Last post on Dec 04, 2013 at 12:12 PM
You are in the Nissan Rogue
What is this discussion about?
Nissan Rogue, Safe Driving, Auto Repair, Transmission, SUV
#145 of 237 Re: 2008 Rogue with no problems [08rogueowner]
by Stever@Edmunds HOST
Nov 03, 2012 (5:42 am)
Hard to compare notes since my Nissan is an automatic, not a CVT.
And maybe it's better to tell you what states my '99 Quest has lived in. First year was in Anchorage, then a long road trip, then ten years in Boise (105 wasn't uncommon, but it was a dry heat ). The last two years in the UP of Michigan. Not warm.
But back to the thread, it's bad that most people posting in here have had issues. The question is what percent of owners does that represent. If it's more than 3 or 4%, then Nissan will be losing big time on warranty claims. No consolation, but they've lost money on you and may have lost some future sales from people reading your posts.
#146 of 237 Rogue 2008 transmission go to limp mode
Nov 03, 2012 (6:01 am)
There seems to be 2 separate issues here. One there is the TX whining noise and then ther is the issue with the TX going into limp mode for no apparent reasons and no codes are showing. I have the later issue.
After my 4th visit with multiple incidents since last spring, Nissan took some fluid out one time, then they said it was a bad crank shaft position sensor. None of these resolved the problem.
Finally this week, they agreed to replace the TX just under the wire since my 2008 Rogue has 198600km on it! I hope this will resolved the problem for good...
#147 of 237 Suggest me please
Nov 16, 2012 (7:56 am)
I'm in the market for an SUV and one of the SUVs we are looking at is Rogue. But after reading all these issues, I want to run as far as I can.
Before I do, does anyone know the new models are any different in terms of transmission? Have they been redesigned? Does any one know the reliability of 2012/13 models.
Thanks in advance
#148 of 237 Re: Suggest me please [rameshb]
Nov 16, 2012 (8:14 am)
I'm glad you took the time to ask the question. Nissan has not redesigned the transmission on these as of yet. They are using a different CVT design then they were using in the smaller cars. The problem with these transmissions is that they generate alot more heat and Nissan hasn't really figured out the specific failure (or at least they are not admitting to it)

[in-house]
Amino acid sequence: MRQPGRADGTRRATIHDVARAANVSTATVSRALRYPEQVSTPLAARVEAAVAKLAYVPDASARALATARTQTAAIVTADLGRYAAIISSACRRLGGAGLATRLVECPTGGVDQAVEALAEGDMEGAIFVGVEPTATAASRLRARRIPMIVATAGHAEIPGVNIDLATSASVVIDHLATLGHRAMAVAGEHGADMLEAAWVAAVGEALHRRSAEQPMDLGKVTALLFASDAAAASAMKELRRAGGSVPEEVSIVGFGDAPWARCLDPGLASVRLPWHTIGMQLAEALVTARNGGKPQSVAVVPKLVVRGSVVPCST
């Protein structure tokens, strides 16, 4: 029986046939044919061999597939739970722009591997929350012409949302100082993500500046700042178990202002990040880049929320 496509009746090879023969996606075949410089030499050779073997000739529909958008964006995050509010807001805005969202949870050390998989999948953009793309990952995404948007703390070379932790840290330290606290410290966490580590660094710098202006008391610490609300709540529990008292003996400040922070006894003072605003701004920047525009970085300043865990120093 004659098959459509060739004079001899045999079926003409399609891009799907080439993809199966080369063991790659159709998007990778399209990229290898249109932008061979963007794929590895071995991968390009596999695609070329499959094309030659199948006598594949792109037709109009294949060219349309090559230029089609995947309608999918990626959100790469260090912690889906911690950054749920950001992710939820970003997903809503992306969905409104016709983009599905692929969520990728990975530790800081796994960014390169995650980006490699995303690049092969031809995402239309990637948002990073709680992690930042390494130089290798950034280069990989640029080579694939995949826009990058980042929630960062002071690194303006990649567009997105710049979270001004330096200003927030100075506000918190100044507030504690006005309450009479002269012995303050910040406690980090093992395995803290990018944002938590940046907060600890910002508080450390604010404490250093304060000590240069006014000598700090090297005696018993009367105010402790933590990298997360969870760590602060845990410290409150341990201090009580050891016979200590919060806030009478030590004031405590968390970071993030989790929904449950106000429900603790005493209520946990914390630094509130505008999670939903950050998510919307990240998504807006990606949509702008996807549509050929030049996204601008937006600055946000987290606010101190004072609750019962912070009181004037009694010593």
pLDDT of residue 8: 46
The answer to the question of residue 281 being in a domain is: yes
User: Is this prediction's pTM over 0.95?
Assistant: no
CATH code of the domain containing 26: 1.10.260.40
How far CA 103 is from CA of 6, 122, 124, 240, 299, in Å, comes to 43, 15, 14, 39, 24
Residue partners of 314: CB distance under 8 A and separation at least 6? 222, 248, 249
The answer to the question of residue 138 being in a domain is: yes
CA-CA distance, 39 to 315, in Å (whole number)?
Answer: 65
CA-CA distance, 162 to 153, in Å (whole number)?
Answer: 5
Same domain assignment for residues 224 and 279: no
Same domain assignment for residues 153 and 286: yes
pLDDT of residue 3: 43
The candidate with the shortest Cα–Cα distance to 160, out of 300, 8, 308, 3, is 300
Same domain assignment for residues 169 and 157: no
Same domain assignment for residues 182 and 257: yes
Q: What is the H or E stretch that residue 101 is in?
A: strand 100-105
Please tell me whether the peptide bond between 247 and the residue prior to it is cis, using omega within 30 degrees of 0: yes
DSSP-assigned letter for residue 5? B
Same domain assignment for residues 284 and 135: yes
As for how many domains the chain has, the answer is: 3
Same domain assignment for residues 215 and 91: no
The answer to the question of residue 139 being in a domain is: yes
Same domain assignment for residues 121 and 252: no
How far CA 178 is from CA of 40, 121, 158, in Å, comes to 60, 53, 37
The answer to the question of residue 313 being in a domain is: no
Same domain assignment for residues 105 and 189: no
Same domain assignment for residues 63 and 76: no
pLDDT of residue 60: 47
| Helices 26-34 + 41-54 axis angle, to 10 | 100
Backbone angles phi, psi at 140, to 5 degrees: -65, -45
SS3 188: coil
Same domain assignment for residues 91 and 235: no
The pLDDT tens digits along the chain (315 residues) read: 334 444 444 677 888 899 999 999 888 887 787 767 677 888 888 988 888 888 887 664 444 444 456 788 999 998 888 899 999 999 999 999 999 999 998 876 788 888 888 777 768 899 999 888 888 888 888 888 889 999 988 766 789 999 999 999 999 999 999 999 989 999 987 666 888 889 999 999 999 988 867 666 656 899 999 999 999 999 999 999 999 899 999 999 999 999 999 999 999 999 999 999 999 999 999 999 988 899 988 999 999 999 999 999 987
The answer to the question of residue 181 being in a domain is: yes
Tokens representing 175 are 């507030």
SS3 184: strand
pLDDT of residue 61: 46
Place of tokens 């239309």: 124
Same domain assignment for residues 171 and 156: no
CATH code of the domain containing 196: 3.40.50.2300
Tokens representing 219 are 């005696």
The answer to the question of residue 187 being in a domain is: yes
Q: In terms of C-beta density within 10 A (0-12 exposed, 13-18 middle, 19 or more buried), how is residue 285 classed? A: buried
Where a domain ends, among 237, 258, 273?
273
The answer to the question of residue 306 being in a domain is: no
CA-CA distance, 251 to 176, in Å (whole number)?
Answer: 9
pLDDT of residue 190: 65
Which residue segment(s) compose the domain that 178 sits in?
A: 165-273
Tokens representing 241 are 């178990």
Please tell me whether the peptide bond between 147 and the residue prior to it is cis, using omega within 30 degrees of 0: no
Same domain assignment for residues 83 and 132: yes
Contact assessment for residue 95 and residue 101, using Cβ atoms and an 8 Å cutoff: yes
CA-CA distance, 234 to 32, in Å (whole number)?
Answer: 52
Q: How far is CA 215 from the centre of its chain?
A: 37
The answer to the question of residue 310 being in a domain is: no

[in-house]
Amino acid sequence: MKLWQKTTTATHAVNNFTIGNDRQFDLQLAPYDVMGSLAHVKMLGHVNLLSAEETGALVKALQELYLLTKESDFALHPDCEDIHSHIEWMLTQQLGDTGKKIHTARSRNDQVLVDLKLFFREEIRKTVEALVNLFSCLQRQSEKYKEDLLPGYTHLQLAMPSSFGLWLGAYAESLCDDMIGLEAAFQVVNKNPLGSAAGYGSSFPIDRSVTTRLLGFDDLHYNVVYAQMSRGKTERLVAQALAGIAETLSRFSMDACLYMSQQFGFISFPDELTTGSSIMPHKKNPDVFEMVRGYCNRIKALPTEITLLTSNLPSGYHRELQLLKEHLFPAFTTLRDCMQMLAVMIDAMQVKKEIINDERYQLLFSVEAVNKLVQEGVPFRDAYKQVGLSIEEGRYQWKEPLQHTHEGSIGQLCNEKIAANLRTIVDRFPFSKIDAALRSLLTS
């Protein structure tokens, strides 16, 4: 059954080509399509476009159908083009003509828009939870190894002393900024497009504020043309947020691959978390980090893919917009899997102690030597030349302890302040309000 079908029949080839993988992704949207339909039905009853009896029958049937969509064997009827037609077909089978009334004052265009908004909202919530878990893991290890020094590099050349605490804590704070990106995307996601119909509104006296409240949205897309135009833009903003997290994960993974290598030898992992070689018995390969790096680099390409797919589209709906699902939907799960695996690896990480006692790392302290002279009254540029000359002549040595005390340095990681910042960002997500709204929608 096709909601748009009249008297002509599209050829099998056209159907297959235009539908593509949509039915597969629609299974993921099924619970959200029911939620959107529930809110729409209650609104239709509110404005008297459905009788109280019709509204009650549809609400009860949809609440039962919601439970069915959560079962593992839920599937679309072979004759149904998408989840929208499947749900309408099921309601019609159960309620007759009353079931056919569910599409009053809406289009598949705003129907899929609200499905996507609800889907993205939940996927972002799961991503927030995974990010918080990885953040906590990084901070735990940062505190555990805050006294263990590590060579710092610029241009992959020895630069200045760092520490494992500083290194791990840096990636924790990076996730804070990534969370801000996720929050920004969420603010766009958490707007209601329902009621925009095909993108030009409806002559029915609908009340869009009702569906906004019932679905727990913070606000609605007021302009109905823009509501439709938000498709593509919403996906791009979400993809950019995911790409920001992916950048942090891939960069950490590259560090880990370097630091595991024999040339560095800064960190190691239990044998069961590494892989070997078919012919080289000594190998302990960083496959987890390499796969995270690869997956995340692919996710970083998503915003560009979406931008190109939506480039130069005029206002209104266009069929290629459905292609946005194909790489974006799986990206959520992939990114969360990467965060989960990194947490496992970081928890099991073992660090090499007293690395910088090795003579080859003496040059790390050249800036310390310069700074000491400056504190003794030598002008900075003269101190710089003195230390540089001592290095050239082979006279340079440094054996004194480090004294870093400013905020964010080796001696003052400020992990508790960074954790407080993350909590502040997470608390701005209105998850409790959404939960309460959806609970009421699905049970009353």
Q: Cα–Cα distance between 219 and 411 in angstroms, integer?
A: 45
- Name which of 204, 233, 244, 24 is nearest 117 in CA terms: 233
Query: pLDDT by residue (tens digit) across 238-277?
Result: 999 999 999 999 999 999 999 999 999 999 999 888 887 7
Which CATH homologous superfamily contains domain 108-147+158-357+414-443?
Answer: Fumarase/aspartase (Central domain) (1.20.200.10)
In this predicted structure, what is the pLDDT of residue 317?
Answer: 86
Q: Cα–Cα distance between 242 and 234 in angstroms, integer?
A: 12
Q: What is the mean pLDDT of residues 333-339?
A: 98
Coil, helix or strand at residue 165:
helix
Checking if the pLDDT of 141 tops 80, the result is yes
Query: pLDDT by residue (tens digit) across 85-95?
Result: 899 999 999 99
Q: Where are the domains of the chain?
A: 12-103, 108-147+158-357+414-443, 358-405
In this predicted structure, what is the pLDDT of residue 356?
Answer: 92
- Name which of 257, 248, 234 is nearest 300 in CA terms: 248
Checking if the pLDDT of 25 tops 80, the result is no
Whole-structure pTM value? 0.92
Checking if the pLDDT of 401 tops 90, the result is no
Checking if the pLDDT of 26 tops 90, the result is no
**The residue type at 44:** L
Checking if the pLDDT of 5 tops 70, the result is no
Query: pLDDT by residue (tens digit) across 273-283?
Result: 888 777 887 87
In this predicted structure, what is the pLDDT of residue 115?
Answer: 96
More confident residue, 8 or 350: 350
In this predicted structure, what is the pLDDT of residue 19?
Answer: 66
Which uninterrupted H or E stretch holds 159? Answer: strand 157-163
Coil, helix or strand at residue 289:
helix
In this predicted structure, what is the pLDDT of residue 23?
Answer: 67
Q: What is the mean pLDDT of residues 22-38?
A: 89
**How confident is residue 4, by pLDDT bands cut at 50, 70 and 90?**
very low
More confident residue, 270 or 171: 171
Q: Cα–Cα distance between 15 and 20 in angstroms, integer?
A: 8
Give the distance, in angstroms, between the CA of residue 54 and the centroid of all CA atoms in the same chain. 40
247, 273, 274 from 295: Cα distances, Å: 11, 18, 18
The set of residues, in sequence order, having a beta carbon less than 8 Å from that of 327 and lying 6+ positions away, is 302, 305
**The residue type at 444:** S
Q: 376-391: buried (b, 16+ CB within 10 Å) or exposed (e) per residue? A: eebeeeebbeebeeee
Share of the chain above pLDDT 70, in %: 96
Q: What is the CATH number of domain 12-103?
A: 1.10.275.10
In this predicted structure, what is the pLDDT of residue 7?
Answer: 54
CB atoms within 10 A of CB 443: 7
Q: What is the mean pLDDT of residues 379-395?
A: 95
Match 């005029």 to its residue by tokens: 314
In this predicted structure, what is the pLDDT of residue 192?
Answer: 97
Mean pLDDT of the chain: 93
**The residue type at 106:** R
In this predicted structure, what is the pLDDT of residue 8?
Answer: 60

In my struggles, prior to getting rid of our Rogue, I wasn't disappointed with the vehicle, but when it did have a problem, Nissan's representatives were not willing to address it. Nor were they willing to replace the transmission as they did before.
If you want to purchase one, just make sure you take into account that there is a standing warranty extension on the transmission due to the problems thay have had with them. The failure rate is not high enough for a complete recall. You will probably not get much support from Nissan as the vehicle reaches 100,000 miles.
Good Luck !
#149 of 237 Re: Suggest me please [rustywer]
Nov 16, 2012 (9:11 am)
Thank you so much for such a detailed answer.
Knowing the issue still exists in the vehicle, very likely we may consider other options.
#150 of 237 Re: Suggest me please [rustywer]
Nov 16, 2012 (5:20 pm)
It is my understanding that the warranty extension on the transmission does NOT apply to 2012 and on models.....
#152 of 237 Vibration when breaking from highway speed
Nov 24, 2012 (7:37 am)
I have a 2012 Rogue SV FWD with 20,500 miles. I have had the car about 10 months and just recently after a oil change and tire rotation I noticed that when breaking from high speeds (70+mph) on the highway the car vibrates. I do not experience this vibration when breaking at slower speeds. The dealer says that my rotors need to be re-surfaced. How long are rotors expected to last? I went years in my VW Passat before having to re-surfaced the rotors. Does this sound right? I thought perhaps my tires were not balanced properly. Any suggestions / comments would be greatly appreciated.